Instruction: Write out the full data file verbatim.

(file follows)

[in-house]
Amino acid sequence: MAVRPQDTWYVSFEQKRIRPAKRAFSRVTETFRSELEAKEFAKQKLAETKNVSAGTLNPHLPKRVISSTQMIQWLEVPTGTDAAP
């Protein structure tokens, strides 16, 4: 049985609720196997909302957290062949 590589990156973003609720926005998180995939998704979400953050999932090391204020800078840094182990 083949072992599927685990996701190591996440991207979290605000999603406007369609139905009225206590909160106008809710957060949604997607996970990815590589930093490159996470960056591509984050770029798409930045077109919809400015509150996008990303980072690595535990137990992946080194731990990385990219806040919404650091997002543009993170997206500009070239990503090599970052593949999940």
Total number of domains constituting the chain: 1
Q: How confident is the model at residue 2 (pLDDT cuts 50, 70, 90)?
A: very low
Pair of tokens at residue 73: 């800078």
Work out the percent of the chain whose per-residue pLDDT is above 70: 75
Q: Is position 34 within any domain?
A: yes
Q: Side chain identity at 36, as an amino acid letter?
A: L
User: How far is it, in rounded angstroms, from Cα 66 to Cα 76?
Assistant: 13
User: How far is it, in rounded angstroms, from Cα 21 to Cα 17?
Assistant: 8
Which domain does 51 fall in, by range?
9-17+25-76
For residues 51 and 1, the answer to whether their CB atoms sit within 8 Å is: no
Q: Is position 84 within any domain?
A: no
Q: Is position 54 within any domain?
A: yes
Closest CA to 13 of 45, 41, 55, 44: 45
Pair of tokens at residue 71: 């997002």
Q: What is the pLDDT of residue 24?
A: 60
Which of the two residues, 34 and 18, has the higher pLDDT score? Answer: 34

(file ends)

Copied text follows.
[in-house]
Amino acid sequence: MAVRPQDTWYVSFEQKRIRPAKRAFSRVTETFRSELEAKEFAKQKLAETKNVSAGTLNPHLPKRVISSTQMIQWLEVPTGTDAAP
């Protein structure tokens, strides 16, 4: 049985609720196997909302957290062949 590589990156973003609720926005998180995939998704979400953050999932090391204020800078840094182990 083949072992599927685990996701190591996440991207979290605000999603406007369609139905009225206590909160106008809710957060949604997607996970990815590589930093490159996470960056591509984050770029798409930045077109919809400015509150996008990303980072690595535990137990992946080194731990990385990219806040919404650091997002543009993170997206500009070239990503090599970052593949999940």
Total number of domains constituting the chain: 1
Q: How confident is the model at residue 2 (pLDDT cuts 50, 70, 90)?
A: very low
Pair of tokens at residue 73: 């800078």
Work out the percent of the chain whose per-residue pLDDT is above 70: 75
Q: Is position 34 within any domain?
A: yes
Q: Side chain identity at 36, as an amino acid letter?
A: L
User: How far is it, in rounded angstroms, from Cα 66 to Cα 76?
Assistant: 13
User: How far is it, in rounded angstroms, from Cα 21 to Cα 17?
Assistant: 8
Which domain does 51 fall in, by range?
9-17+25-76
For residues 51 and 1, the answer to whether their CB atoms sit within 8 Å is: no
Q: Is position 84 within any domain?
A: no
Q: Is position 54 within any domain?
A: yes
Closest CA to 13 of 45, 41, 55, 44: 45
Pair of tokens at residue 71: 């997002």
Q: What is the pLDDT of residue 24?
A: 60
Which of the two residues, 34 and 18, has the higher pLDDT score? Answer: 34